Thursday, February 19, 2009
The example above shows the lines from the Lake Mead 100k map (USGS open-file data) in Google Earth. It works very well when zoomed into specific areas (down to 1:6000, for example), but the overall heterogeneity of the base imagery is a bit distracting. From this image (and the next) you can see that the detail in the bedrock is somewhat to considerably greater than that in the 'dirt'.
The image below is from ArcGIS and the lines from the Lake Mead 100k sheet are overlain on NAIP imagery. This imagery is also great when zoomed in and is homogeneous with respect to overall color balance, tone, etc. It is also from a much smaller window of time.
Our team has recently set up an image service at the UNR Geospatial Lab (Geography Dept.) that allows each investigator on the project to access the same high-resolution imagery remotely. Thus, we do not have multiple copies of giant .tiff files on all of our various computers. This is extremely helpful for collaboration and ensuring that everyone has equal access to the base imagery.
Friday, February 13, 2009
The same area from the 100k Mesquite Lake map shows considerably less detail, but relies on composite / combined units to account for this in most cases:
The Mesquite Lake snip above is from a map in which Ivanpah Valley is only a moderately small part. The map I developed (with help) was focused entirely on Ivanpah. As mentioned in a previous post, we are leaning toward some point between these two renditions. The NBMG map (published at 50k but mapped at ~12k) is excessively detailed and the USGS 100k map is a bit too general for what we would like to develop with the ND2MP. For example, we hope to map fewer composite units.
We suspect that we will ultimately end up closer to the USGS characterization of Ivanpah than to the NBMG characterization....not sure yet. We are actively applying generalization routines of various sorts to the NBMG data set. I will post a few examples next week.
I made the contacts red to be obvious. Most of the tonal variations that you see in the image represent distinct surficial piedmont units. Many that have been lumped together are quite large and also span a huge range of time as far as surficial deposits go. Also it is not clear why some large active washes were mapped individually and other, larger ones weren't. This approach to mapping is covered in the unit descriptions from this map for the most part, but for our purposes, additional mapping is certainly required.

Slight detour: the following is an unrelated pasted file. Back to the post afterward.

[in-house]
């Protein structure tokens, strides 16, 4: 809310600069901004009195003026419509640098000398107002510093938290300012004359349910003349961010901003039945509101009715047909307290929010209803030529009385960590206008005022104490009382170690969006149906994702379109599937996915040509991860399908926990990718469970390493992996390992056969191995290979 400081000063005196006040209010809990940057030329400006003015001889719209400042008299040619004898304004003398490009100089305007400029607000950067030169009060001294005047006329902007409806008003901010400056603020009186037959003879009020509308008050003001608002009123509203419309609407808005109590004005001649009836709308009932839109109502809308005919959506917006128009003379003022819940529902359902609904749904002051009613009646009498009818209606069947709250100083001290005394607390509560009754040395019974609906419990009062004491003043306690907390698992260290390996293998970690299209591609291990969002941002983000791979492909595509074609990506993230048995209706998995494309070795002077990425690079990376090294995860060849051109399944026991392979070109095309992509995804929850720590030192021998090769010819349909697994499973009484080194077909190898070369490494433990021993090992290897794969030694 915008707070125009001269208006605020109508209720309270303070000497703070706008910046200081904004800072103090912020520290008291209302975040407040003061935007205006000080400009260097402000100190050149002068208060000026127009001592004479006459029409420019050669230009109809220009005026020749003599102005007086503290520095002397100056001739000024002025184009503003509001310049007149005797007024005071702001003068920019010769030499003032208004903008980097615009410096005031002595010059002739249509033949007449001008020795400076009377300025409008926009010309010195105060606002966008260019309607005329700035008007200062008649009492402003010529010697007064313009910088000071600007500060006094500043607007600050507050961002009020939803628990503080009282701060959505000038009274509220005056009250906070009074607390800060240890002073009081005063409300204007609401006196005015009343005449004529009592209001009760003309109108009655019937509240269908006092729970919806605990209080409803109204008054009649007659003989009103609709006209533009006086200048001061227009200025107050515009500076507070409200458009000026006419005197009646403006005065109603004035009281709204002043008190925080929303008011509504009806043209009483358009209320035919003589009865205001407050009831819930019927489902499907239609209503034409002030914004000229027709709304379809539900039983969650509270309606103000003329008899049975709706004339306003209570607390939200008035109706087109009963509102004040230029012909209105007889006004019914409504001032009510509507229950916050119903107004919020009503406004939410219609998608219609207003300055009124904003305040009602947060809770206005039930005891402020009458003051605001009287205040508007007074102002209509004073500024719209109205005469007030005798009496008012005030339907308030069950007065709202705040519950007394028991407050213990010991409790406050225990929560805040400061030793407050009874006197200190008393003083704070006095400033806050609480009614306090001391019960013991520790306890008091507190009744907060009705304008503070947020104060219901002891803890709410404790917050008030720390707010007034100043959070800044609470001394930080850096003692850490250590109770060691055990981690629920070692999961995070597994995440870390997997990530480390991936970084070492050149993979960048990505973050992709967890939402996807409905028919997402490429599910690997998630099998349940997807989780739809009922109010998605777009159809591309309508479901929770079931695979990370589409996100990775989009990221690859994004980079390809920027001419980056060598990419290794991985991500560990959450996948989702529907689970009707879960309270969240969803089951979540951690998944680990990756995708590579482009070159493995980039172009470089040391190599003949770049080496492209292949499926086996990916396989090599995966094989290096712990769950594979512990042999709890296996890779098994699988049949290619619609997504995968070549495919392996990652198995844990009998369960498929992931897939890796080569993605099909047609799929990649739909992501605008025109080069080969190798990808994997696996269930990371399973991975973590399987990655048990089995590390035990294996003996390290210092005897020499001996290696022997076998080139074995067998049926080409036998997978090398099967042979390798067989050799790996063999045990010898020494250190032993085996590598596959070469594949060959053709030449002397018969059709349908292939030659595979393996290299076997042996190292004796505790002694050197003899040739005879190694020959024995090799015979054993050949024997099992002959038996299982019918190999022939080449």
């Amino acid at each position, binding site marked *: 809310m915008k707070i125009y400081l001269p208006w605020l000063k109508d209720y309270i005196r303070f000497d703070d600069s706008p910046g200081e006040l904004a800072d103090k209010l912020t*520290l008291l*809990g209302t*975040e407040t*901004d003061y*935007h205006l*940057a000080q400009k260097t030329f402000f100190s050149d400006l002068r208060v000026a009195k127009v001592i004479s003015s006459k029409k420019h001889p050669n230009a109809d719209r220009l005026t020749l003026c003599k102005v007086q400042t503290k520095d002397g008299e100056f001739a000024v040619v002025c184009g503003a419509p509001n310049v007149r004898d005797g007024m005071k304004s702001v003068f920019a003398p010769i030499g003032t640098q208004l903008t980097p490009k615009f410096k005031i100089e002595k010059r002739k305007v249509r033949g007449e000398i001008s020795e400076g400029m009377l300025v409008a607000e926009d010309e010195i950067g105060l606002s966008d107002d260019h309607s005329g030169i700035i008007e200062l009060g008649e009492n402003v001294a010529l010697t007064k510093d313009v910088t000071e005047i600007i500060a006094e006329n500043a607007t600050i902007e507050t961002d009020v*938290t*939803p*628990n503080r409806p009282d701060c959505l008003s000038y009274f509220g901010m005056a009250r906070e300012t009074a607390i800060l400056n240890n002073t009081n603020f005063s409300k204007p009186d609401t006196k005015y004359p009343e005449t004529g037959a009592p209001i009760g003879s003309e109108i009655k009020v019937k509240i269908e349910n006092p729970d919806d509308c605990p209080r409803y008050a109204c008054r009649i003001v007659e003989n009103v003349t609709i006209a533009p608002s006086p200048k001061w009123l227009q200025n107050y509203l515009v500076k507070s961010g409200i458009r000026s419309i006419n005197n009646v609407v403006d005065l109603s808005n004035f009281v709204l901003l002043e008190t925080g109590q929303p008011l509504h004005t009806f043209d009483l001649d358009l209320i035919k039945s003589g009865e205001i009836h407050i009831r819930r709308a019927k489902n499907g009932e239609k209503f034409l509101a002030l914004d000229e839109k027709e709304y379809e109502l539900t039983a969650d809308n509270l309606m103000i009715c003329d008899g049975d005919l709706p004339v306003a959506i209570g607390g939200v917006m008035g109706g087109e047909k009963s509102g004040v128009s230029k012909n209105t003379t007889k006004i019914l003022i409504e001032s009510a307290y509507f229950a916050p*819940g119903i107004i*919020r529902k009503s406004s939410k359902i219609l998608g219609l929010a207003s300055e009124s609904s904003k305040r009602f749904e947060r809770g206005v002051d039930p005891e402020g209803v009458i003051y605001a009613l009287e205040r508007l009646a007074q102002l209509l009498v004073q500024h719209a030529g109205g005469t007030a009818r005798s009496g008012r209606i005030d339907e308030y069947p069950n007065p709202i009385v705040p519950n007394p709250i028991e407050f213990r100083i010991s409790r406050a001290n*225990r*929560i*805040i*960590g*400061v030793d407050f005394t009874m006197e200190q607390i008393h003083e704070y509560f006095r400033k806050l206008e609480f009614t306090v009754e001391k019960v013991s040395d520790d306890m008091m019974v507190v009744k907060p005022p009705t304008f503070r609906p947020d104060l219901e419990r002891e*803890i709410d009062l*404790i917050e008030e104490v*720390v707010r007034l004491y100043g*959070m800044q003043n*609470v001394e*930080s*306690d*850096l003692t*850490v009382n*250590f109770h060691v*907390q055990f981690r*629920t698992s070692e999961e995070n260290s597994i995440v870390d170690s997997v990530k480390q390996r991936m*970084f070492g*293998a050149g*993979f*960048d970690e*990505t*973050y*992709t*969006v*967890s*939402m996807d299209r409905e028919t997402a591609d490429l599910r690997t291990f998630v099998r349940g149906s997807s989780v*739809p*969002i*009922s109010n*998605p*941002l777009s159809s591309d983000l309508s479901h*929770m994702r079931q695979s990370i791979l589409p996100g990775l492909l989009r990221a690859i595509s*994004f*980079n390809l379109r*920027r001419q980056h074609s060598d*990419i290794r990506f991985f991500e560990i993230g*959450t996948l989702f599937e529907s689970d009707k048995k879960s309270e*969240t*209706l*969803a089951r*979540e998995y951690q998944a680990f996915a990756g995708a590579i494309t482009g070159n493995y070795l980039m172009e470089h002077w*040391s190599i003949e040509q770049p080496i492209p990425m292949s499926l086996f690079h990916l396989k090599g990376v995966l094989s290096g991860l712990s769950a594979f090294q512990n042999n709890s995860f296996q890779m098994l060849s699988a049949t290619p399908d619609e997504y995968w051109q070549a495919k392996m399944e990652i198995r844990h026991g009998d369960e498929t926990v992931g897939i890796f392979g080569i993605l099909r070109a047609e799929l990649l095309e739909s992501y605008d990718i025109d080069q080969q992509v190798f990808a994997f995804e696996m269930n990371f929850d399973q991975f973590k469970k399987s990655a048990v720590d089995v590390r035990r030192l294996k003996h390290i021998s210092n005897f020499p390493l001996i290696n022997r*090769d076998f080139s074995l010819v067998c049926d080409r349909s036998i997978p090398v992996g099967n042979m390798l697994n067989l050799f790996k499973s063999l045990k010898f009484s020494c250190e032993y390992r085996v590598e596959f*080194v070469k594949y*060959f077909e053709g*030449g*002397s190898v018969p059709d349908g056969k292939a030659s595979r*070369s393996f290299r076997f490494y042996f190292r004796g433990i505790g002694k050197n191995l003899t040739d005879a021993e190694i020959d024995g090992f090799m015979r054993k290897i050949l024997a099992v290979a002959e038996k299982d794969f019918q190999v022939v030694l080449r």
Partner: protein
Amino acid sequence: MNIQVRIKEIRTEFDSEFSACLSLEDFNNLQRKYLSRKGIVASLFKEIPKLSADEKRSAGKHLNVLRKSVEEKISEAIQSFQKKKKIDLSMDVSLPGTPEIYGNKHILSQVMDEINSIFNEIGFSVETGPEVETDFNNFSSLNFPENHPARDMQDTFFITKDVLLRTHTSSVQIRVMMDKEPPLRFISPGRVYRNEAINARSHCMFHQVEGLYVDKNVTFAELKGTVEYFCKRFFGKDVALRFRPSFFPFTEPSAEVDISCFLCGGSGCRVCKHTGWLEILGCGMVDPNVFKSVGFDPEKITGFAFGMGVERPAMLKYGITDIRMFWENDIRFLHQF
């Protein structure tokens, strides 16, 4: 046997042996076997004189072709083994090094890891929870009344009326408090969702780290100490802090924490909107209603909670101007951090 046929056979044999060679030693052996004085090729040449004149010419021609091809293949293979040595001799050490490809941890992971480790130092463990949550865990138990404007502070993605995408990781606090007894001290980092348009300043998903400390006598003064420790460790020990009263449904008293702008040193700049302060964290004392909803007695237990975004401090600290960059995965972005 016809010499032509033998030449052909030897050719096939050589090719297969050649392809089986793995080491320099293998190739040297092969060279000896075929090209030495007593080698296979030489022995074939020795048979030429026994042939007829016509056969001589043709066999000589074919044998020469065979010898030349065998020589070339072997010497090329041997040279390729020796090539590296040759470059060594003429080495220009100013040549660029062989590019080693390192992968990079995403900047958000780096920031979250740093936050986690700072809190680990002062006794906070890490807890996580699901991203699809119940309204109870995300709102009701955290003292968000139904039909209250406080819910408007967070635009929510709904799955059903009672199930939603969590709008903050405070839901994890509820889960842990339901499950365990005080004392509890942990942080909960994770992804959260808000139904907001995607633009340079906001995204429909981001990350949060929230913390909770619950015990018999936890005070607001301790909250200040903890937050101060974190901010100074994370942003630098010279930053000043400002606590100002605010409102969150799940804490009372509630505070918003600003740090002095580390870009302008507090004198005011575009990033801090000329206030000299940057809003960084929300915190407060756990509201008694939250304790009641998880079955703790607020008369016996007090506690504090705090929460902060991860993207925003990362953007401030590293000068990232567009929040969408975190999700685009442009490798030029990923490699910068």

Tuesday, February 3, 2009
ND2MP is supported in part by the Ecosystem Indicators (EIP), funded by the Clark County Multiple Species Habitat Conservation Program (MSHCP). The EIP has three main research objectives, ND2MP being a portion of one of those objectives. Objective one is to establish a robust GIS-based characterization of the geomorphology and surficial geology of Clark County, Nevada (i.e. ND2MP). Although the term ‘habitat’ is often used loosely as equivalent to ‘native vegetation’, this is not always the case. Nonetheless, scientist and managers continue to use vegetation as a means for defining habitat. Geologic materials provide an alternative and at times more appropriate means of defining species habitat and extent of vegetation communities, especially in arid environments (Miller and Franklin 2002, Heaton et al. 2006).
Objective two is to map the ecosystems in Clark County. The MSHCP uses an ecosystem-based approach to conservation planning and management for plant and animal species. We will update and refine the current vegetation based ecosystem model for Clark County. This includes the identification and spatial modeling of various NatureServe based Ecological Systems, Alliances and possible Associations. Our goal is to capture important ecosystems that include such broadly defined vegetation classes as blackbrush, sagebrush, pinion-juniper, saltbrush, creosote bush, Joshua Trees, etc. Additionally, we will for the first time develop spatial models for non-vegetation based MSHCP ecosystems such as dunes and dry lakes.
Objective three is to develop an enhanced vegetation based ecosystem classification model in three pilot areas using more intensive sampling, advanced spatial statistical methods and object-oriented classification and the newly developed geomorphology and surfical geology datasets. Current pilot areas under consideration include Piute-Eldorado Valleys, Ivanpah Valley, Gold-Butte and Kyle Canyon area across to the Sheep Range.